"It's actually really exciting. It's a monthly podcast. I won't keeps mocking me for having such an infrequent podcast think that's perfect. But I think I'm onto pressure from stuff spiked to make it full, Molly. So we're going to do that soon. But is he goes on to say fortnightly? The reason I don't I don't want us to commit to doing it. Every single week is at some point. I mean, it's quality over quantity. It can get exhausting. It can get monotonous. We actually coined the term almost weekly. It's been kind of been. Yes, we do. Honestly, I heard Nancy Romans. Let me neither podcast. I was going to drive actually I did hear her say that too. And when I heard about. Business. But yeah. The only point and I wanted to build off of what Brennan was saying before when he briefly mentioned the upcoming thirtieth anniversary of the horrific Salman Rushdie fatwa is that at the time even at that time, which was a much less politic politically correct hate the determine, but let's just use. It was much less politically correct time. It was actually difficult for salmon Rushdie to have people among the western literary community and the the intellectual community writ large to stick up for him. It was a big deal when people did. And I would encourage people to look up a Christopher Hitchens column from Vanity Fair before he died in two thousand eleven obviously where he names names of people who did not stick up for Salman Rushdie in the time, and who actually made it a point to say, why were you poking the bear and Hitchens locates this as kind of his transformation or his aha moment in where things went wrong. Wrong in modern, politics and political discourse, we're his own trajectory of his politics went. It's absolutely. I think even back then people want willing to line up behind Salman rushing the way that you would like John Lew. Carey I mean, serious anyways, people another, and it was a tiny point moment for a lot of people. Another huge unemployment for people in your was obviously the Charlie Hebdo massacre. But also the mud with TI van golf in the Netherlands right by an Islamist. And I was recently in the Netherlands and met a lot of people who either being friends oil colleagues of tier van Gulf who have completely come around to a way of thinking, which says, well, the left is abandoned freedom of speech. The the reluctance to challenges Llamas thinking is a serious problem and the challenge of defending freedom of speech, even wear offends. Is the great challenge of all time. So there were quite a few people outlet, hopefully listening to this who recognize that. Freedom of speech is the greatest tool. Human beings have for expressing themselves and for protecting themselves from God in themselves from the accent of the state or the threat of other people. And I think the more people realize that the better and hopefully the thirtieth anniversary of the outrageous fatwa against Salman Rushdie, a useful point at which we can talk about how essential freedom of speech is the this is so weird. It's so weird that when you say that I'm like, yeah, you're right. That's exactly why we can't let anybody tell Facebook. They can. Because it's the cornerstone can't mess with it. My my my philosophical radicalism. Because I'm a politically, I'm pragmatic. I could have a conversation about this candidate. I don't fully agree with. But my philosophical radicalism is is born out of a desire to make the hard rigid argument that is going to be brutally uncompromising because I want you to get the key idea on offer. Which is precisely why I think if you don't like Negus, and you don't want them working for you. You just got you going to fire him. I say. That's your rights are. That's you're right. And I stand on that ground because I think it makes it much easier to argue about rights in sort of a fundamentalist incontrovertible, undeniable, inviolable God-given or Dane thing. If it's not this this thing that's been kind of legislated around tailed. And and there's crochet and yeah. But for that one off exception, it just it's so easy for to slip away from you. It's so easy to go from thinking mccrone God I want. I want him to be president got if only he was the guy. And then, you know, the police are kinda roughing up some protesters and e still handsome, and he's still he's still guy..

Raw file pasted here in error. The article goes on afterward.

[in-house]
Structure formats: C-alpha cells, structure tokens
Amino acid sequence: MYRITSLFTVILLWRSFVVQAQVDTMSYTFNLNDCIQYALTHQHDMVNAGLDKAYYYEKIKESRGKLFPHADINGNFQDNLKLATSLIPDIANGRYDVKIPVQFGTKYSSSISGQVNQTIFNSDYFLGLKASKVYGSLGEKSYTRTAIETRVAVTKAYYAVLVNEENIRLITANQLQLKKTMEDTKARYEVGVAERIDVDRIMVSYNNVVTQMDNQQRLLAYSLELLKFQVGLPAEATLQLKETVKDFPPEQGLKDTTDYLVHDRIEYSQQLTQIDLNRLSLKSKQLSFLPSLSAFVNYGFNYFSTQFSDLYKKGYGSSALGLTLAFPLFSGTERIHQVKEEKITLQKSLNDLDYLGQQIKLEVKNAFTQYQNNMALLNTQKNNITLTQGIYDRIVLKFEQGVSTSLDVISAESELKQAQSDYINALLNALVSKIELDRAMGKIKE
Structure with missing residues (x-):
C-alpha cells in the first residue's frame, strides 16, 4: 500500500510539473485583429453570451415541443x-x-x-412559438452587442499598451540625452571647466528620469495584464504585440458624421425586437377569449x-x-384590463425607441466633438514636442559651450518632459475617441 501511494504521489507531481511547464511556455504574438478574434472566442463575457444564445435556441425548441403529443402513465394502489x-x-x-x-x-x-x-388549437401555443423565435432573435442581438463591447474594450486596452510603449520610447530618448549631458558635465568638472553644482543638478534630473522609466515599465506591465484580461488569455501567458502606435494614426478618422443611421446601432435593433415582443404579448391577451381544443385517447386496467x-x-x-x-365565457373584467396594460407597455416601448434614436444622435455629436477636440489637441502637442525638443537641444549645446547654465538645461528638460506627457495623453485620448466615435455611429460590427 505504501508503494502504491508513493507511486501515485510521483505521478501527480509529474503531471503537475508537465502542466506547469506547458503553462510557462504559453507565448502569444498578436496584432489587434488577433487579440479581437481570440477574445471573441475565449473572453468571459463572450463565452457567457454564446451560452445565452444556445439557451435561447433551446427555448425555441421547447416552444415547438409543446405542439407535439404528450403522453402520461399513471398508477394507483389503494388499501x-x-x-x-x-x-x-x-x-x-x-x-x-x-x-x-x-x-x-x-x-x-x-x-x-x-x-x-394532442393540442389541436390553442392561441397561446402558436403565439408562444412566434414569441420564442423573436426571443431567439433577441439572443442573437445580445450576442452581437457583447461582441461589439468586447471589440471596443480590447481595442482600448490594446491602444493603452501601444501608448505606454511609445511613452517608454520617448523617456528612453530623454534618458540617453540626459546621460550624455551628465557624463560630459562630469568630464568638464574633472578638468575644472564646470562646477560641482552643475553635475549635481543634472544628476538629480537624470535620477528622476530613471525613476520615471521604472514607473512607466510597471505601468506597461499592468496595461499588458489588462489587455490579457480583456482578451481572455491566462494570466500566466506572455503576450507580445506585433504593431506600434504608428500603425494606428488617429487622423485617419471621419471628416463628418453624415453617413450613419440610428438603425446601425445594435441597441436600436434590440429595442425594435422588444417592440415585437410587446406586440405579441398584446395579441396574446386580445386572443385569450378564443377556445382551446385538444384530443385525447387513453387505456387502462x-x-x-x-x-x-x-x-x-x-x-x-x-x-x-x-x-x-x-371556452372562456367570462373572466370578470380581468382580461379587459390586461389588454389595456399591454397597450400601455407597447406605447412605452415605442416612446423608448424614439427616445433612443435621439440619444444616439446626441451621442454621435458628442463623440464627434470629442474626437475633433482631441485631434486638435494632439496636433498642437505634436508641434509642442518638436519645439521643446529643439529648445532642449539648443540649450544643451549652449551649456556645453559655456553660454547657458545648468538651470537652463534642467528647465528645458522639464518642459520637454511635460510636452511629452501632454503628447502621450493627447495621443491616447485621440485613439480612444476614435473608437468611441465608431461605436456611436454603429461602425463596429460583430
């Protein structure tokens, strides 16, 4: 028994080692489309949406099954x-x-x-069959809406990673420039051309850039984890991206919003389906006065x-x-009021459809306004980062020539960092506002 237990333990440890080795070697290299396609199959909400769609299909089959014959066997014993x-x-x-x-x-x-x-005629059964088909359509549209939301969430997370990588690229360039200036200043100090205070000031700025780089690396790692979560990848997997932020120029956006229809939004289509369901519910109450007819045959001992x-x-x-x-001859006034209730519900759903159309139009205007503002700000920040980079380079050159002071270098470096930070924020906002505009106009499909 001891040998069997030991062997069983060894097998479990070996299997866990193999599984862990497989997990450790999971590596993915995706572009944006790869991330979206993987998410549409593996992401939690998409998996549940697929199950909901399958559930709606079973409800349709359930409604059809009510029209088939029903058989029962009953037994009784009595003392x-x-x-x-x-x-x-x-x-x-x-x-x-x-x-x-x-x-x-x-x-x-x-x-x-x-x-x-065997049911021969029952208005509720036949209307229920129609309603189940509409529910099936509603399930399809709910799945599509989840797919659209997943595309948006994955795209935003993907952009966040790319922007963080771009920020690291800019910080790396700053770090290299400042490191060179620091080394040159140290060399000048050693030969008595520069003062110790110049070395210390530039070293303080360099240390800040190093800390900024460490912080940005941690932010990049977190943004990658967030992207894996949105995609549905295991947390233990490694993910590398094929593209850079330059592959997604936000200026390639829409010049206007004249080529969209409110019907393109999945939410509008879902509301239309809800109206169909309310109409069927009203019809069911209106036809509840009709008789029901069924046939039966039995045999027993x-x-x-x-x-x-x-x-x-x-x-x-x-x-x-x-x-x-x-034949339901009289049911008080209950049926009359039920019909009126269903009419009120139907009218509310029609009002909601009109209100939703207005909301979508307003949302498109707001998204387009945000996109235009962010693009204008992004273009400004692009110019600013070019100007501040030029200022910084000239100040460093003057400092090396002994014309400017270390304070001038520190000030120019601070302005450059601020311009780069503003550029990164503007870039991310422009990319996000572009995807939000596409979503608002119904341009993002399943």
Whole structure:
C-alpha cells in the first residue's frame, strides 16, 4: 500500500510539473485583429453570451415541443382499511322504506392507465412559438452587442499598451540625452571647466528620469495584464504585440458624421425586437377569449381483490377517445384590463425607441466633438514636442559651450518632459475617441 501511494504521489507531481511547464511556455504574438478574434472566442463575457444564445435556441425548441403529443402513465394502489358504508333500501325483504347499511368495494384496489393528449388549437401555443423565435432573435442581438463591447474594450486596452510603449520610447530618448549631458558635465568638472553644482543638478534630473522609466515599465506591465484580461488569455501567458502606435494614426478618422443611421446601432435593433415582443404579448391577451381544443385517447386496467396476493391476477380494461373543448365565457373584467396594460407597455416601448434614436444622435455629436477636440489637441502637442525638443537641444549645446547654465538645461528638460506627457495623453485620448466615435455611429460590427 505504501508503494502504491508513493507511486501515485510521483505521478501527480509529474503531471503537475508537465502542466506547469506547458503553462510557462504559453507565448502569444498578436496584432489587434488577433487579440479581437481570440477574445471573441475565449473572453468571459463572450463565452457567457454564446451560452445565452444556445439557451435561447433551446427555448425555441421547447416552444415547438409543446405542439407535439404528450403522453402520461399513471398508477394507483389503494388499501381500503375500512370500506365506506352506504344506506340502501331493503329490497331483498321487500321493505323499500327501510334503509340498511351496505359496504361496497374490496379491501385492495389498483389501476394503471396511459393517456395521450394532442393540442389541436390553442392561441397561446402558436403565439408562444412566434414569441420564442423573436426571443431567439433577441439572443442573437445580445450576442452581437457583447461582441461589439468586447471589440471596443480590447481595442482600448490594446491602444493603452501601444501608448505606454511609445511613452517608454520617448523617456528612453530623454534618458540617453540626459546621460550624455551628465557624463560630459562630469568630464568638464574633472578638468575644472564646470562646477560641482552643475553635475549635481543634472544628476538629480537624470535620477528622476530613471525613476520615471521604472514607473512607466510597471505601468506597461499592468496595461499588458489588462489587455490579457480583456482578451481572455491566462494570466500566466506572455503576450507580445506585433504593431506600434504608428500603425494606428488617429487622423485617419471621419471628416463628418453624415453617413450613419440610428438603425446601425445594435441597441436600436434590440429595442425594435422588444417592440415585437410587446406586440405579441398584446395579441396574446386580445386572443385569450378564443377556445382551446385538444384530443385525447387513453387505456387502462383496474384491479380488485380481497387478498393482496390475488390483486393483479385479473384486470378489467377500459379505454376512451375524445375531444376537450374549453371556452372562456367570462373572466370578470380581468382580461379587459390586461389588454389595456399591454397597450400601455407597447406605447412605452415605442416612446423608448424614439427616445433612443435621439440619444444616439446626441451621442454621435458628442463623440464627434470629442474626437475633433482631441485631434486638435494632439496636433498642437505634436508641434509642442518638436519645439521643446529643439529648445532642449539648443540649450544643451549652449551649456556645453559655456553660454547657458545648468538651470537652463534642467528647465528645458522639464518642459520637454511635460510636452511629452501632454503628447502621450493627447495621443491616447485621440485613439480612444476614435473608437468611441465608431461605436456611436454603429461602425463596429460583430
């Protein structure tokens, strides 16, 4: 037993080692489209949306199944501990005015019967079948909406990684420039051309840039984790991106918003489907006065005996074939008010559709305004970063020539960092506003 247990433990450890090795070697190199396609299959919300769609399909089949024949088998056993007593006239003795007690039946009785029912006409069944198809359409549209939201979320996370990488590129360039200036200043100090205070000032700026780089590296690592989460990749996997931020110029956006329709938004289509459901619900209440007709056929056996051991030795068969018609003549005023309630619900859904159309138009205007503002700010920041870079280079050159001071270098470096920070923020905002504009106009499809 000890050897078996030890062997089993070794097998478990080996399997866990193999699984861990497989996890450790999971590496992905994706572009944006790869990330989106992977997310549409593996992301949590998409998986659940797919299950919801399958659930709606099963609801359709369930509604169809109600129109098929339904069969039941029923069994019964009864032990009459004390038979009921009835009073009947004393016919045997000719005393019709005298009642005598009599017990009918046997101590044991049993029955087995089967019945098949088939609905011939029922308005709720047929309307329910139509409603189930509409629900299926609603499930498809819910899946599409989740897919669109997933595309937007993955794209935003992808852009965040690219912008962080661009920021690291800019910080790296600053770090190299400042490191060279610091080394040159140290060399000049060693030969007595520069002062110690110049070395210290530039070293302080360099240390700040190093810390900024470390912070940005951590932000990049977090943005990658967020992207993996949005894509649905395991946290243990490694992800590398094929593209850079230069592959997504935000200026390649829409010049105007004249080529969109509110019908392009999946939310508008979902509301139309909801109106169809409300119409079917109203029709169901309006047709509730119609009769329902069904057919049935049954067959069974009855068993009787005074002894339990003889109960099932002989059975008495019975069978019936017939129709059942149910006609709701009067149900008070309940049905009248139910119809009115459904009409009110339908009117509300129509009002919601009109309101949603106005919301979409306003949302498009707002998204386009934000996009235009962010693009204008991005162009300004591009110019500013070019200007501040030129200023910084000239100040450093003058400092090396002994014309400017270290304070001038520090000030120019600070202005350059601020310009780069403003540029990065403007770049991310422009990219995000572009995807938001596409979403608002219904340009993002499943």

"rushdie" Discussed on StarTalk Radio